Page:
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Saturday 23, Oct 2010

  NFL wins ruling in drug test case

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NFL wins ruling in drug test caseThe National Football League (NFL) has won in Minnesota case that threatened to dilute its league wide drug testing policy. This means that Kevin Williams and Pat Williams who violated policy on performance enhancing drugs of NFL will have to serve a four game suspension in the 2010 season.

Hennepin County Judge Gary Larson ruled that the NFL players were not harmed by the failure of NFL to provide notice and it wasn’t enough to block the suspensions.

The N.F.L. originally suspended Kevin Williams and Pat Williams for four games in 2008 after they tested positive for a banned diuretic (bumetanide), which can be used to mask steroids.

Saturday 16, Jan 2010

  Pat and Kevin Williams cleared by Federal Appeals Court

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pat-and-kevin-williamsA Federal Appeals Court verdict has allowed Pat Williams and Kevin Williams, Minnesota Vikings, to play the entire season amidst strong opposition from the National Football League (NFL). The two Williams, not related to each other, were accused of violating the league’s anti-doping policy.

It was remarked by Kevin, after the verdict, that this is a relief for both him and Pat.

The Vikings’ players were not accused of using steroids but were accused of using an over-the-counter weight loss supplement, StarCaps, which didn’t stated on the label that it contained bumetanide, a diuretic that is banned by the NFL as it can mask the presence of steroids.

Wednesday 09, Dec 2009

  Pat and Kevin Williams cleared by Federal Appeals Court

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Pat and Kevin Williams cleared by Federal Appeals CourtA Federal Appeals Court has cleared Pat and Kevin Williams, two Minnesota Vikings stars, from playing all season amidst strong opposition to the ruling from NFL. It is worthwhile to note here that NFL was seeking suspension for both these Minnesota Vikings players after finding them guilty of violating the league’s anti-doping policy.

Kevin Williams was quick to remark that both he and Pat are happy to learn that they can play the whole of NFL season.

The two Williams acknowledged using StarCaps, over-the-counter weight loss supplement, which did not come with a label warning that it included the diuretic bumetanide that is banned by the NFL since it can mask the presence of steroids.

 

 

 

 


Friday 02, Oct 2009

  Minnesota Vikings cleared by Federal Appeals Court

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Minnesota Vikings cleared by Federal Appeals CourtA federal appeals court has the cleared the way for Pat Williams and Kevin Williams, Minnesota Vikings, to play all season despite strong opposition from NFL seeking suspensions for them for violating the league’s anti-doping policy.

Kevin Williams said that it is a big sigh of relief after knowing that he and Pat can play the whole NFL season.

It is important to note here that the two Vikings are not accused of taking steroids. They, however, acknowledge taking StarCaps, over-the-counter weight loss supplement which did not stated on the label that it included the diuretic bumetanide, which is banned by the NFL as it can mask the presence of steroids.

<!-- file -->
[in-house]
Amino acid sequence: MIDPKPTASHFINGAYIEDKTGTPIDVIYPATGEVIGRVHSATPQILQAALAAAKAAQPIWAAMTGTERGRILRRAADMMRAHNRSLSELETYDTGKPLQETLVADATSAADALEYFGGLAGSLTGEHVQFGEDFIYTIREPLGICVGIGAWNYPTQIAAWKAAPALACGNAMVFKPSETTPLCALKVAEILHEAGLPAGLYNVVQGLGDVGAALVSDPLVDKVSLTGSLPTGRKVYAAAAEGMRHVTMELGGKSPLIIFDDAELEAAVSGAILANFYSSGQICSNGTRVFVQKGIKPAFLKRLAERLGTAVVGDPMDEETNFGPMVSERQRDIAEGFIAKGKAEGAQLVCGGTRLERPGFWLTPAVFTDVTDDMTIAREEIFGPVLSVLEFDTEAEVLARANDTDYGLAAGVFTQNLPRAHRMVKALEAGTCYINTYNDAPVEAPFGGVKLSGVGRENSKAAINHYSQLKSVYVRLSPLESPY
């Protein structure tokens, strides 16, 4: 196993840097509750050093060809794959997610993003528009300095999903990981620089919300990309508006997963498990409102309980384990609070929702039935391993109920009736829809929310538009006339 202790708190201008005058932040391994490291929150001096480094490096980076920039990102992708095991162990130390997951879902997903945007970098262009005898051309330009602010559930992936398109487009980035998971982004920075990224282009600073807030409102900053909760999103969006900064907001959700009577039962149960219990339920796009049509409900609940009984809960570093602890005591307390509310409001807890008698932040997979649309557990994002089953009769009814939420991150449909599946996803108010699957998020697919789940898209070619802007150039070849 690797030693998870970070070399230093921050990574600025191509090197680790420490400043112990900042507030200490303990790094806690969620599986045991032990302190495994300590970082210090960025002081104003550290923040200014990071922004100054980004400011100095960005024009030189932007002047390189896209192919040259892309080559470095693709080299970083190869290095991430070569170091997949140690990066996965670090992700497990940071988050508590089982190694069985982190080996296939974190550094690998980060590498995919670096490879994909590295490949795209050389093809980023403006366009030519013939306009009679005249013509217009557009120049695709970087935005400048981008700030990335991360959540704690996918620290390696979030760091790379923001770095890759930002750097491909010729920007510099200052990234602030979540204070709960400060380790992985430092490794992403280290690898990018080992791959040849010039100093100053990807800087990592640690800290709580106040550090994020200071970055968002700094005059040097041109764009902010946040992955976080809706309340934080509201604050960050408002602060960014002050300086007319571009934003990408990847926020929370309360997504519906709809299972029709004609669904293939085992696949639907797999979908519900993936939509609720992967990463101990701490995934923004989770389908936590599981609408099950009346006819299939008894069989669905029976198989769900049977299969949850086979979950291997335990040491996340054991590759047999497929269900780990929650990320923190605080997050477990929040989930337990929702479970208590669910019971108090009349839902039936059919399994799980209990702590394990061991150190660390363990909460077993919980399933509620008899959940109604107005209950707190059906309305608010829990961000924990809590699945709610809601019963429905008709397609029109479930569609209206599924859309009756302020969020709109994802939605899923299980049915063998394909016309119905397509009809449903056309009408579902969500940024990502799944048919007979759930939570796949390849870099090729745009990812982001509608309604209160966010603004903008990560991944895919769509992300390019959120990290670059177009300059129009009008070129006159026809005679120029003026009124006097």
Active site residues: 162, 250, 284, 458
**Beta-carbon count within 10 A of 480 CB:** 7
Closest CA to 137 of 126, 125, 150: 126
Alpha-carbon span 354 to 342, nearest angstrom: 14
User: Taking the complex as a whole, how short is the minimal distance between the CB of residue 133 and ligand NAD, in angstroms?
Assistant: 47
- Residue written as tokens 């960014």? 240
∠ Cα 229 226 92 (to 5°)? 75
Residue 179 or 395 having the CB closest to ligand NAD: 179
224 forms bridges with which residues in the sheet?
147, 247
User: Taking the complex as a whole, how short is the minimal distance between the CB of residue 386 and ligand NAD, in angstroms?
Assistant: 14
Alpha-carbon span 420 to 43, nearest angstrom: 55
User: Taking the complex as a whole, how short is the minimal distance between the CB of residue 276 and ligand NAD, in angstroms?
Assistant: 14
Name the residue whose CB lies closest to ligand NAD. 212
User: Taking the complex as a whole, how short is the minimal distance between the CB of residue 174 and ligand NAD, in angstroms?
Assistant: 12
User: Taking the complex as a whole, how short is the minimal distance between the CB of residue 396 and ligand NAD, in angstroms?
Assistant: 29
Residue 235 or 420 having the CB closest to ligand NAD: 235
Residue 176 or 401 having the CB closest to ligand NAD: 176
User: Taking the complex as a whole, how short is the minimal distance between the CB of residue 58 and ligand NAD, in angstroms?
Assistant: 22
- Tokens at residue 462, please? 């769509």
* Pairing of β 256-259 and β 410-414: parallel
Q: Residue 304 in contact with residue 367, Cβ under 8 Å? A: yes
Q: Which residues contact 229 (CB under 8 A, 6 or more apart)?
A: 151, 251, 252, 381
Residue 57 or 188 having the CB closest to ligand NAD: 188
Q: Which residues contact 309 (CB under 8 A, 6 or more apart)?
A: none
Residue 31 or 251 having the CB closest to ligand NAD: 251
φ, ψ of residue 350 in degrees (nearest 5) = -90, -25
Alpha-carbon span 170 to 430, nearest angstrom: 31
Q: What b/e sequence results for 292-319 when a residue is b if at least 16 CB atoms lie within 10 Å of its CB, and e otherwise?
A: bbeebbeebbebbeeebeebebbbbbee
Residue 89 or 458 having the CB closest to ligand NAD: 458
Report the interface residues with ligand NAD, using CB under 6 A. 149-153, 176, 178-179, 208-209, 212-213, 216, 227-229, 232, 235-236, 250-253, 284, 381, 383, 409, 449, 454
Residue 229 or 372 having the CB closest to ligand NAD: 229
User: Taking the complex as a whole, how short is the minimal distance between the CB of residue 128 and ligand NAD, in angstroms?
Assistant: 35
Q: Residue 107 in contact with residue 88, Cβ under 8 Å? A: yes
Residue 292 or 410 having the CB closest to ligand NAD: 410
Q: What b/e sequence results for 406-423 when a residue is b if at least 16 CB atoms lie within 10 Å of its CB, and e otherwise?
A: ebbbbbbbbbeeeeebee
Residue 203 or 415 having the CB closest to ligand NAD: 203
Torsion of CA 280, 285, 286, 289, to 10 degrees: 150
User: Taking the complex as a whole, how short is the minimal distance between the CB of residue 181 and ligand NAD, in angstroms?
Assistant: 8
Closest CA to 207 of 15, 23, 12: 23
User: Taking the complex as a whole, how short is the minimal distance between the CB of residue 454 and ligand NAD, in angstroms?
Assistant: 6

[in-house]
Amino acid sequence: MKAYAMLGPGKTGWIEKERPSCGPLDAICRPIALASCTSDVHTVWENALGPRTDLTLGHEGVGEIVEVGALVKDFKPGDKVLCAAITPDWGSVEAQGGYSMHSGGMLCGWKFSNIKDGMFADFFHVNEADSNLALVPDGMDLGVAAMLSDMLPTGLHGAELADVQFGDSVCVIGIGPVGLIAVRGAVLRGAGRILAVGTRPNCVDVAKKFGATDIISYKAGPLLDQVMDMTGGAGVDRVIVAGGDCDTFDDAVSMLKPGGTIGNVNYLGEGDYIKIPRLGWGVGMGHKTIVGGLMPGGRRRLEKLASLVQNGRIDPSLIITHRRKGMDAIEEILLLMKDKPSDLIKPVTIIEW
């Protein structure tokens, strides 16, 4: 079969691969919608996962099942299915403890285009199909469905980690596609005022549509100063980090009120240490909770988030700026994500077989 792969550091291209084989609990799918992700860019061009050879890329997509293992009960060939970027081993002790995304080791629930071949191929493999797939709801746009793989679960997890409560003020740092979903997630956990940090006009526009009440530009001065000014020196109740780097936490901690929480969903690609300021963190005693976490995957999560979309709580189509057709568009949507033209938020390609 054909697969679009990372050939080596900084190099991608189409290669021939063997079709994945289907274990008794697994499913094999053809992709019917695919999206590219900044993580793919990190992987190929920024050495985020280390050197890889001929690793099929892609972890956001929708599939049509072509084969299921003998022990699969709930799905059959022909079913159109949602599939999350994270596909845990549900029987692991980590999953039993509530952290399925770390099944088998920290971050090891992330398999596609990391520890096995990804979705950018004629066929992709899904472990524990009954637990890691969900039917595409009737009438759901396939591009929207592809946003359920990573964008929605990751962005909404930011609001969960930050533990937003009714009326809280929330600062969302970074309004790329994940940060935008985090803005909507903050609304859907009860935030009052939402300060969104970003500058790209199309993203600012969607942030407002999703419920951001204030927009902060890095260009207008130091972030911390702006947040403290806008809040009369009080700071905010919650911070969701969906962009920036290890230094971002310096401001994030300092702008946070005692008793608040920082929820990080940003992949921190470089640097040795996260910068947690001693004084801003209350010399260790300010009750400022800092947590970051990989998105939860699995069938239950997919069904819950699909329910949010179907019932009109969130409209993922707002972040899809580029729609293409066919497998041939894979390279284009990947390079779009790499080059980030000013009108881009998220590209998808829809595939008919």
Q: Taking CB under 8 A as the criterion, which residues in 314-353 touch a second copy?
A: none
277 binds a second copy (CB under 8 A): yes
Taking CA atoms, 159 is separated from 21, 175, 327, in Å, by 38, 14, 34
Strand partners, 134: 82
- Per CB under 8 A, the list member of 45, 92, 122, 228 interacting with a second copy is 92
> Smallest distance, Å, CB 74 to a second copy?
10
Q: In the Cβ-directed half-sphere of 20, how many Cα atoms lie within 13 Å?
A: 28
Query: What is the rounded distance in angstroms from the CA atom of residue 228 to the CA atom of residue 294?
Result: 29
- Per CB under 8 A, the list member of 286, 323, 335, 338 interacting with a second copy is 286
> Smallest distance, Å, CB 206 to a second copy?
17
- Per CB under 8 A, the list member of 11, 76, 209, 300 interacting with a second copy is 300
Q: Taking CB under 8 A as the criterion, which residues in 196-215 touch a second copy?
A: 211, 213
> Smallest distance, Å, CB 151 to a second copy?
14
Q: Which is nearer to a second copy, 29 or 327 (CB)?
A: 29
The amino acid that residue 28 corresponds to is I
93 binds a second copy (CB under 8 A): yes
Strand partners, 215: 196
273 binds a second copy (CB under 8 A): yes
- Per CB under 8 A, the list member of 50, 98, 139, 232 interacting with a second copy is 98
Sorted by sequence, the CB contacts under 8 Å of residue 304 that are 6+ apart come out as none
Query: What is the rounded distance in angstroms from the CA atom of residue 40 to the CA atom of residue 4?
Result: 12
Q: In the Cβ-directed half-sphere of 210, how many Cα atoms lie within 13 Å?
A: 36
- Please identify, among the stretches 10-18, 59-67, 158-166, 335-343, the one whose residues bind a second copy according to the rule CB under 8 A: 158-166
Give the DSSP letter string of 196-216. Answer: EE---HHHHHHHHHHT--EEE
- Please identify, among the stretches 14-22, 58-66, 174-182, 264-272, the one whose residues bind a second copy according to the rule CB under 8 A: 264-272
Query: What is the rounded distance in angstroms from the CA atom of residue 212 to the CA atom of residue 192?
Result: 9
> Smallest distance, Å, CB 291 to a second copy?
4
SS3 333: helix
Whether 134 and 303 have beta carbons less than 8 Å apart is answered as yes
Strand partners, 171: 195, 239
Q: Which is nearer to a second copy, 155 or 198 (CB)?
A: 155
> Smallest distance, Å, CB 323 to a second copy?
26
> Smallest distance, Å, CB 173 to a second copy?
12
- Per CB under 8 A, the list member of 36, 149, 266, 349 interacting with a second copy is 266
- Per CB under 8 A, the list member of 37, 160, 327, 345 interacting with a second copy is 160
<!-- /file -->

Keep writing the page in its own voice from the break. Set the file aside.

Wednesday 30, Sep 2009

  Minnesota Vikings cleared by Federal Appeals Court

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Minnesota Vikings cleared by Federal Appeals CourtA federal appeals court has the cleared the way for Pat Williams and Kevin Williams, Minnesota Vikings, to play all season despite strong opposition from NFL seeking suspensions for them for violating the league’s anti-doping policy.

Kevin Williams said that it is a big sigh of relief after knowing that he and Pat can play the whole NFL season.

It is important to note here that the two Vikings are not accused of taking steroids. They, however, acknowledge taking StarCaps, over-the-counter weight loss supplement which did not stated on the label that it included the diuretic bumetanide, which is banned by the NFL as it can mask the presence of steroids.

Wednesday 22, Jul 2009

  Minnesota Judge blocks suspension of two Vikings

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Minnesota Judge blocks suspension of two VikingsIn a recent development, Hennepin County District Judge Gary Larson granted temporary restraining order on request of two players that had kept them suspended till decision of the case.

NFL had suspended Vikings linemen Kevin Williams and Pat Williams for violating anti-doping policy of the league.

The Judge wrote that Kevin and Pat Williams would suffer a considerable loss of playing time till the decision comes into force and therefore blocked their suspension till the final verdict comes out.

The decision is likely to benefit the two Williams who were accused of using StarCaps, which contained a diuretic, bumetanide, till the verdict is announced.

Saturday 28, Feb 2009

  A LOOK AT THE PAST AND THE FUTURE OF THE “WILLIAMS WALL”

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a-look-at-the-past-and-the-future-of-the-e2809cwilliams-walle2809dIn December of 2008, a surprising news hit the world of the National Football League as well as several fans of the Minnesota Vikings. Two of its best defense linemen had failed the drug test done. Pat and Kevin Williams were tested positive for a diuretic. Diuretics are banned from football mainly because they can mask the effect of steroids. Although the two have not been proven to have used anabolic steroids, they were given a four-game suspension. Pat and Kevin Williams addressed the issue by suing the NFL. According to the athletes, they didn’t know that the supplement Starcaps which they were taking had a diuretic component and that component was not even listed in on the bottle. Starcaps is not banned from the NFL. The two will be facing trial this coming June 2009.